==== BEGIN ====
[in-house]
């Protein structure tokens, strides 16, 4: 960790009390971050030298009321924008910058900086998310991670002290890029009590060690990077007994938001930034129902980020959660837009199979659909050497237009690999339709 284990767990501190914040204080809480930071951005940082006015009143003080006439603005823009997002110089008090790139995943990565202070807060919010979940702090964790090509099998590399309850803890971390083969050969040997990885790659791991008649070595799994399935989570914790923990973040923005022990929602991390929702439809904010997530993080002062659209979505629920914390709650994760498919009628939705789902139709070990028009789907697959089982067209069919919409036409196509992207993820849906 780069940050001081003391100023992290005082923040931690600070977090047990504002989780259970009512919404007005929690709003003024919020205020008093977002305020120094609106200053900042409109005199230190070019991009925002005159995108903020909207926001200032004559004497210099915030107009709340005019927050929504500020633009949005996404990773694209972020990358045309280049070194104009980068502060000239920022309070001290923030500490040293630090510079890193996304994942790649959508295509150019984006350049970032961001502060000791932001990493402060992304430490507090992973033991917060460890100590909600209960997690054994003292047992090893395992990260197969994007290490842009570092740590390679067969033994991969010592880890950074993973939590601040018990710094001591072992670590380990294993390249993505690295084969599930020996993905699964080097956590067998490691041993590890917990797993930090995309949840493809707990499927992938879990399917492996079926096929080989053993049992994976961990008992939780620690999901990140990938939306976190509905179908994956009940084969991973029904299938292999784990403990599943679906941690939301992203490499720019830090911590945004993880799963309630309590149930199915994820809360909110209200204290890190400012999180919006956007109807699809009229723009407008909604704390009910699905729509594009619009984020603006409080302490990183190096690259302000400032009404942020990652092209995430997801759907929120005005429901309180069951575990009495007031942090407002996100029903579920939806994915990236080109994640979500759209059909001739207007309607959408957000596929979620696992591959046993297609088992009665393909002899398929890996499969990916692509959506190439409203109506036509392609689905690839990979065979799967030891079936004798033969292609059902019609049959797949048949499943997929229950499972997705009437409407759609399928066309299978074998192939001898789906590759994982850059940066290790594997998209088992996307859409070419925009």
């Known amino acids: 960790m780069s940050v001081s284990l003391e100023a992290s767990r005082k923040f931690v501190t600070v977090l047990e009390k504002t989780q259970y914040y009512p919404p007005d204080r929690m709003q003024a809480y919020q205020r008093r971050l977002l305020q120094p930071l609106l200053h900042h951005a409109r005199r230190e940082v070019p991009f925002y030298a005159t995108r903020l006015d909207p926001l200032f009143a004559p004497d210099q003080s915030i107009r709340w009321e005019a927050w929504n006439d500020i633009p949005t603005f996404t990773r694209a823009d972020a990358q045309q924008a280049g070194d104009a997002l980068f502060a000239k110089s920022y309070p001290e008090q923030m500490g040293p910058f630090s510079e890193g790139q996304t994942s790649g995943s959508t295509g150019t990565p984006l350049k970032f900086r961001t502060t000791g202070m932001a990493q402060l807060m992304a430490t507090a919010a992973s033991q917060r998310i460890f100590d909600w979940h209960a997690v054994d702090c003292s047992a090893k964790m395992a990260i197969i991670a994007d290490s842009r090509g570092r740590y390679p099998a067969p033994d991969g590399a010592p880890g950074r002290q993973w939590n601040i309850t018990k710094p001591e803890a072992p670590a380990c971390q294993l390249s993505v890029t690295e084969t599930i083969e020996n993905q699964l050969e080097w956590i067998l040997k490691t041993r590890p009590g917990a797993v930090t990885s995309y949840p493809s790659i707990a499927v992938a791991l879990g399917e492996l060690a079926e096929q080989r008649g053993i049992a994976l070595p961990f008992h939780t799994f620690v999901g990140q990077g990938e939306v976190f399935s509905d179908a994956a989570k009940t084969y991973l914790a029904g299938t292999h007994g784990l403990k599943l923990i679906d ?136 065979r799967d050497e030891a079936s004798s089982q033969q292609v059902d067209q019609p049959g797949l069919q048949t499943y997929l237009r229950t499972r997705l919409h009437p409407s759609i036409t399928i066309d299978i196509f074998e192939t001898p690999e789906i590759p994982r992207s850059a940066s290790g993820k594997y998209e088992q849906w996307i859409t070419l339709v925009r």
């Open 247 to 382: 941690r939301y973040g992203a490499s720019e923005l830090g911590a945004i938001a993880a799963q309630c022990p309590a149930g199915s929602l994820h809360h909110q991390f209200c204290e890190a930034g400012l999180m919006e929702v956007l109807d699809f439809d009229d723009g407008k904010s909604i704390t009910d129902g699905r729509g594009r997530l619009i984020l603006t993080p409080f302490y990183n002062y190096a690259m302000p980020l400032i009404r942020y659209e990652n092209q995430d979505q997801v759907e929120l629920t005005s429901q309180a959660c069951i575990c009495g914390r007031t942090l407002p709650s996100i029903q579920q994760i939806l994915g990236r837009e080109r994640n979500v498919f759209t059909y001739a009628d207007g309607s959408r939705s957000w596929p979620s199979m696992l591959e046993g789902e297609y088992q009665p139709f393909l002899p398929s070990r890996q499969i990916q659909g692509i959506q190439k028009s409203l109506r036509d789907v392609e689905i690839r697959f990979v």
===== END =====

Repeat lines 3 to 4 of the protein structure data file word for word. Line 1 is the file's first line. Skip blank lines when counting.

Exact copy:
């Known amino acids: 960790m780069s940050v001081s284990l003391e100023a992290s767990r005082k923040f931690v501190t600070v977090l047990e009390k504002t989780q259970y914040y009512p919404p007005d204080r929690m709003q003024a809480y919020q205020r008093r971050l977002l305020q120094p930071l609106l200053h900042h951005a409109r005199r230190e940082v070019p991009f925002y030298a005159t995108r903020l006015d909207p926001l200032f009143a004559p004497d210099q003080s915030i107009r709340w009321e005019a927050w929504n006439d500020i633009p949005t603005f996404t990773r694209a823009d972020a990358q045309q924008a280049g070194d104009a997002l980068f502060a000239k110089s920022y309070p001290e008090q923030m500490g040293p910058f630090s510079e890193g790139q996304t994942s790649g995943s959508t295509g150019t990565p984006l350049k970032f900086r961001t502060t000791g202070m932001a990493q402060l807060m992304a430490t507090a919010a992973s033991q917060r998310i460890f100590d909600w979940h209960a997690v054994d702090c003292s047992a090893k964790m395992a990260i197969i991670a994007d290490s842009r090509g570092r740590y390679p099998a067969p033994d991969g590399a010592p880890g950074r002290q993973w939590n601040i309850t018990k710094p001591e803890a072992p670590a380990c971390q294993l390249s993505v890029t690295e084969t599930i083969e020996n993905q699964l050969e080097w956590i067998l040997k490691t041993r590890p009590g917990a797993v930090t990885s995309y949840p493809s790659i707990a499927v992938a791991l879990g399917e492996l060690a079926e096929q080989r008649g053993i049992a994976l070595p961990f008992h939780t799994f620690v999901g990140q990077g990938e939306v976190f399935s509905d179908a994956a989570k009940t084969y991973l914790a029904g299938t292999h007994g784990l403990k599943l923990i679906d ?136 065979r799967d050497e030891a079936s004798s089982q033969q292609v059902d067209q019609p049959g797949l069919q048949t499943y997929l237009r229950t499972r997705l919409h009437p409407s759609i036409t399928i066309d299978i196509f074998e192939t001898p690999e789906i590759p994982r992207s850059a940066s290790g993820k594997y998209e088992q849906w996307i859409t070419l339709v925009r």
């Open 247 to 382: 941690r939301y973040g992203a490499s720019e923005l830090g911590a945004i938001a993880a799963q309630c022990p309590a149930g199915s929602l994820h809360h909110q991390f209200c204290e890190a930034g400012l999180m919006e929702v956007l109807d699809f439809d009229d723009g407008k904010s909604i704390t009910d129902g699905r729509g594009r997530l619009i984020l603006t993080p409080f302490y990183n002062y190096a690259m302000p980020l400032i009404r942020y659209e990652n092209q995430d979505q997801v759907e929120l629920t005005s429901q309180a959660c069951i575990c009495g914390r007031t942090l407002p709650s996100i029903q579920q994760i939806l994915g990236r837009e080109r994640n979500v498919f759209t059909y001739a009628d207007g309607s959408r939705s957000w596929p979620s199979m696992l591959e046993g789902e297609y088992q009665p139709f393909l002899p398929s070990r890996q499969i990916q659909g692509i959506q190439k028009s409203l109506r036509d789907v392609e689905i690839r697959f990979v």